BELYING CHANCELLOR Brown’s statement that last month’s Budget would not widen the scope of VAT, a significant change - omitted from his Parliamentary speech - could affect the profitability of many credit card issuers and lead to higher interest rates or additional charges for consumers.
The VAT changes, detailed in a Statutory Instrument entitled VAT (finance) 1999/595, were quietly lodged in the Commons Library during the Chancellor’s address to the House. However, this did not escape the eagle eye of Marc Welby, a tax partner at Ernst & Young. According to Mr Welby, the notice redefines outsourcing contracts for the administration of credit cards, debit cards and other credit management tasks. Hitherto these were VAT-exempt. He estimates that the covert move could generate additional VAT revenues of over £100m annually, and is likely to lead to legal challenges by banks and card management companies.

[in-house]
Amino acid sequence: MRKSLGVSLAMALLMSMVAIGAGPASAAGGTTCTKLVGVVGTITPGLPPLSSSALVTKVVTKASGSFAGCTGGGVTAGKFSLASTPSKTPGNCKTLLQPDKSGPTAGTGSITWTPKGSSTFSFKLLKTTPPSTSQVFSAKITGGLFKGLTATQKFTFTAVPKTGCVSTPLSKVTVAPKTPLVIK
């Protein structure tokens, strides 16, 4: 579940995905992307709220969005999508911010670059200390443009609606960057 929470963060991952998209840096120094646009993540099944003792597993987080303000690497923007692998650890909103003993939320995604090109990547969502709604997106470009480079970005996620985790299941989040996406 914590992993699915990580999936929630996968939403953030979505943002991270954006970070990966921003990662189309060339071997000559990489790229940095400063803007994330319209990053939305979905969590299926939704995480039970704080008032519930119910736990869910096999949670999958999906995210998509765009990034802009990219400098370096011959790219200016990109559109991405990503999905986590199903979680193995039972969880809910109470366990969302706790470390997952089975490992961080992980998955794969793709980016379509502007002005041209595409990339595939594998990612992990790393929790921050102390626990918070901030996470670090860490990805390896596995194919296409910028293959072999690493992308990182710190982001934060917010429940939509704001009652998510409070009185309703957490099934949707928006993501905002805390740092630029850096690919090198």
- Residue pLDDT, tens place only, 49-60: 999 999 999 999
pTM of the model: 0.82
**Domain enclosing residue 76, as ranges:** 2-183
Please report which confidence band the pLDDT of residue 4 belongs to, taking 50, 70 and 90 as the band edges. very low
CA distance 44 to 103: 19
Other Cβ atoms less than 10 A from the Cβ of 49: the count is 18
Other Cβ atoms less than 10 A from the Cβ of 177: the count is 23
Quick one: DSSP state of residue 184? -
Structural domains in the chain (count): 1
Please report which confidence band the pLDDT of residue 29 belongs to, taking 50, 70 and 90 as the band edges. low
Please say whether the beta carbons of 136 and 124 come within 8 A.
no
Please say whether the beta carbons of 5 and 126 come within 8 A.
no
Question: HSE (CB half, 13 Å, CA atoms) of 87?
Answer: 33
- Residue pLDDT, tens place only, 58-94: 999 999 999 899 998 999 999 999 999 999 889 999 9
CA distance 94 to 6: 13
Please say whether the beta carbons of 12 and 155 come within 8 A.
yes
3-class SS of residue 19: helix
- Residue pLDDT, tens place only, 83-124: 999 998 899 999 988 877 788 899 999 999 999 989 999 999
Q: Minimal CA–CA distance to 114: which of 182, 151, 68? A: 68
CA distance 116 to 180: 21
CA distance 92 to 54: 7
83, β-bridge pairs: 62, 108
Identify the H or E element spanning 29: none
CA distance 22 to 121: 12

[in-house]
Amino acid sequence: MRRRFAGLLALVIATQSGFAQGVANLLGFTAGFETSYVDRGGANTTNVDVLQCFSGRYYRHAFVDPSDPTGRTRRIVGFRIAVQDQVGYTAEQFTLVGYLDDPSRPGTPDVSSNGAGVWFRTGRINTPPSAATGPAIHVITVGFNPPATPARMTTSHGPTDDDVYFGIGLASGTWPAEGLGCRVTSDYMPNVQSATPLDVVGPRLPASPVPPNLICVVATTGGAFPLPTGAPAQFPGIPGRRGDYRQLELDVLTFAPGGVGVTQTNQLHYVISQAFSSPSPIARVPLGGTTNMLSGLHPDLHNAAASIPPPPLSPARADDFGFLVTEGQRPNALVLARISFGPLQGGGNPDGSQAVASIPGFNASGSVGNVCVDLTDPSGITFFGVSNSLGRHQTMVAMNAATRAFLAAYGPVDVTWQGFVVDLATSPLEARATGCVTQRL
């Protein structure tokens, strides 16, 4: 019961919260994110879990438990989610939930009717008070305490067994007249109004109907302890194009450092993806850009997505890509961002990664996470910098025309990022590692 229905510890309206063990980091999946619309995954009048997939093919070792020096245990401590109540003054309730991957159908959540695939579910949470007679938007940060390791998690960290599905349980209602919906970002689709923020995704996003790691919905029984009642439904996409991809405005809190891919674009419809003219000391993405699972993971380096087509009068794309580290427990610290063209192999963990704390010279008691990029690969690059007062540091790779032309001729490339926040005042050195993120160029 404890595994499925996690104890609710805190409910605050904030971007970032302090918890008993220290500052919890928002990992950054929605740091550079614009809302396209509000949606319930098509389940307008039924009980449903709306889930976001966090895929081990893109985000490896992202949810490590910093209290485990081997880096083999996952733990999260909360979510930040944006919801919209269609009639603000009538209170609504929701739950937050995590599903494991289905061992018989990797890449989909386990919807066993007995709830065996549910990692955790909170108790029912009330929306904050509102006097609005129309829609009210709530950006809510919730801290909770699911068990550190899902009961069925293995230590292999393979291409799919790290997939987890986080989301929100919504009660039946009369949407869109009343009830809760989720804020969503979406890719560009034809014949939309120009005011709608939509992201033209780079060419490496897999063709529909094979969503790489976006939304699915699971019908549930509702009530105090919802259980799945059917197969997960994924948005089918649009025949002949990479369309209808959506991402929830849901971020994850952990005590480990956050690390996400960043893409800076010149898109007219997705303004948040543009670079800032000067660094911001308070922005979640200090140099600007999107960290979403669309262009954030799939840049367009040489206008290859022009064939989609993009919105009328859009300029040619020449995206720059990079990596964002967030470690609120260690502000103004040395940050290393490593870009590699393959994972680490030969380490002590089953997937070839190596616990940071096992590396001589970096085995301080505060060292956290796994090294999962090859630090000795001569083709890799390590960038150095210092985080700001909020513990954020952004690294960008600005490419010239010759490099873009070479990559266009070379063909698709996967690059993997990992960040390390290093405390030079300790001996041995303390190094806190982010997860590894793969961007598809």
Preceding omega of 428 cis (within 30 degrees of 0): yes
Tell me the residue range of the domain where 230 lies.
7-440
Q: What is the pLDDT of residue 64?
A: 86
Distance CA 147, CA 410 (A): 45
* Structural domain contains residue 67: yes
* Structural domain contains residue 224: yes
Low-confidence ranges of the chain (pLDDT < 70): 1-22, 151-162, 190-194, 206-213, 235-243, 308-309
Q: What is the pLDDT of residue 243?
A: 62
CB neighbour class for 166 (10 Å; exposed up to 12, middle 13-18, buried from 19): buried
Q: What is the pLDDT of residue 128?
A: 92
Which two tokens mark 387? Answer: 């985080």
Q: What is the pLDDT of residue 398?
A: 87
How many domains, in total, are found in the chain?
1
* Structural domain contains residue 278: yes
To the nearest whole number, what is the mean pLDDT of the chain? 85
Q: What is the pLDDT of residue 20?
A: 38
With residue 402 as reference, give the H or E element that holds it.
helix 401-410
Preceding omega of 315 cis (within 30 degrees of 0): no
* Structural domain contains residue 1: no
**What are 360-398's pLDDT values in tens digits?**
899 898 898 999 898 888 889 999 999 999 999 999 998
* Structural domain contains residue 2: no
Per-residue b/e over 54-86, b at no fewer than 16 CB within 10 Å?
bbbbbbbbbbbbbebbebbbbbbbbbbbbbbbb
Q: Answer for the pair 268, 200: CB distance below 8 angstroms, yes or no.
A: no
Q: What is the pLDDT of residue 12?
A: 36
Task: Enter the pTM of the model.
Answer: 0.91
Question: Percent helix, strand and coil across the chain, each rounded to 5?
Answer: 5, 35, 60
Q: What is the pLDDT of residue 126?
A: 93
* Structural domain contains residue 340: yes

Contracts to the value of billions of pounds are affected. Worst hit would be major operators such as Bank of Scotland and First Data Resource, who handle outsourced card business from the clearing banks, retail chains, football clubs and specialist affinity groups, such as Saga. If, despite legal challenges, the extra VAT is levied, it will almost certainly be passed on to the end user in the form of higher interest or charges on card usage.